Like every restaurant owner, Elena Calderon of Rincon Salvadorean in Jamaica has had six months of difficult decisions.
The first one, back in March, was not to remain open just for takeout and delivery. The next was deciding to reopen last week in preparation for this week’s reintroduction of indoor dining at 25 percent capacity.
“About half our customers are from outside the area,” Calderon told the Chronicle, making staying open a chancy proposition when people were restricting their travel. The business, begun by her late husband, has been open for 40 years.
She said they now are linked with some of the delivery apps — “But with takeout not a lot of people buy beverages” — has set up a dining area in front of her 149th Street business, and that she was looking forward to welcoming her customers back.
“We make everything fresh,” she said. “When you come in and order soup, you wait for me to make the soup. I don’t have a pot sitting on the stove.” Her wide building will allow her the advantage of more tables than narrower businesses, and she has done all her homework on health and safety requirements for customers and staff.
“But I don’t know if 25 percent is enough.”
With restaurants, bars and clubs playing an ever-growing role in the economy of western Queens, Andrew Rigie, executive director of the New York City Hospitality Alliance, said Calderon’s concern is a common one speaking remotely Tuesday night at an online meeting of the Old Astoria Neighborhood Association.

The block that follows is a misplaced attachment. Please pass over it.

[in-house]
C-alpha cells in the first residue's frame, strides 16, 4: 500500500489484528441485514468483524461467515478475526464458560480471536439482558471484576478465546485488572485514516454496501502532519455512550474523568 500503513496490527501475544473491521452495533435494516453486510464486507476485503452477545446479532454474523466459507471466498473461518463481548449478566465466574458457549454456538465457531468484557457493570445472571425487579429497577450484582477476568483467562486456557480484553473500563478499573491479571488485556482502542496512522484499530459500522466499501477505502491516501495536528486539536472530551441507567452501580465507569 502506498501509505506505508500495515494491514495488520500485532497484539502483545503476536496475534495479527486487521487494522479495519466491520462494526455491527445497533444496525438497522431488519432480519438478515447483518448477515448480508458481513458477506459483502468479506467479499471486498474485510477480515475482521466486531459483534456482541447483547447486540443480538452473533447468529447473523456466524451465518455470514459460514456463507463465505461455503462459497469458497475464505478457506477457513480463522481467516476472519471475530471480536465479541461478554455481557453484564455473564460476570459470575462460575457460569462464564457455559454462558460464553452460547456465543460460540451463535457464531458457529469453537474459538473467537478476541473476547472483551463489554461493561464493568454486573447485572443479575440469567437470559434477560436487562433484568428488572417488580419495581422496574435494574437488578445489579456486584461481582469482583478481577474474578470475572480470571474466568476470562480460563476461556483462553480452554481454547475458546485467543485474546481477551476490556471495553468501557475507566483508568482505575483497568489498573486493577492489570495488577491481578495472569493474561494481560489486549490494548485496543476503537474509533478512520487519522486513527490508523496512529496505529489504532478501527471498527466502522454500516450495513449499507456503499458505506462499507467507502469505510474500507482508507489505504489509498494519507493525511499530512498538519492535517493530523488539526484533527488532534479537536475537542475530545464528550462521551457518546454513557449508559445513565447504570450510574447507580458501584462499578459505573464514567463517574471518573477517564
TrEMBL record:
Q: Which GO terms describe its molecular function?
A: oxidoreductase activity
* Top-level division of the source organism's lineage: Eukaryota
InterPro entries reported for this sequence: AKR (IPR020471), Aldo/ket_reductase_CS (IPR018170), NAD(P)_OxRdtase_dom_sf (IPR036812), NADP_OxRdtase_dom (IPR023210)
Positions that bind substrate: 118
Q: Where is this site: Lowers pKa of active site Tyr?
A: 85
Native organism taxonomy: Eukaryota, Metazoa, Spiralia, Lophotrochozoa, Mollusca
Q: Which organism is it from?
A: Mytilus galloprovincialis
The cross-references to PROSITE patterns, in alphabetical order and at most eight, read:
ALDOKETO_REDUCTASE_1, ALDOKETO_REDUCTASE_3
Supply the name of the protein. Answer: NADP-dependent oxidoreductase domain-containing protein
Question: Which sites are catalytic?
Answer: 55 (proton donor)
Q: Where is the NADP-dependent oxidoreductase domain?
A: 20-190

“Twenty-five percent is extremely difficult,” Rigie said. “Even before the pandemic, operating a bar or a restaurant at 100 percent capacity in New York City was incredibly difficult.”
Rigie said the rule, which kicked in Wednesday, has a few advantages over outdoor dining. He said that while closing time is midnight, seven days per week, people dining indoors have a 30-minute buffer to finish beverages, dessert and the like; under outdoor dining, customers must be gone by 11 p.m. sharp.
He said all customers not seated at tables must be wearing masks, and that employees who are not seated at a table on a break do not count toward the 25 percent number.
He said new outdoor dining regulations allow restaurants to use sidewalk space of adjacent businesses with permission from the building owner; and the owner may not charge rent for the space.
Rigie said there are still questions about whether a restaurant’s liquor license would apply to adjacent outdoor space.
And if a restaurant chooses to enclose its outdoor seating area to keep it warmer as the weather turns colder, then it counts as indoors and comes under the 25 percent occupancy restrictions.
While restaurants are required to take the temperature of all customers entering, the state limit is 100 degrees, while the federal standard is 100.4.
And any customer without a mask should be denied entry.
“There will be some things right now where it will be difficult to get concrete clarity,” Rigie said. “Just use common sense and make sure public heath is a priority.”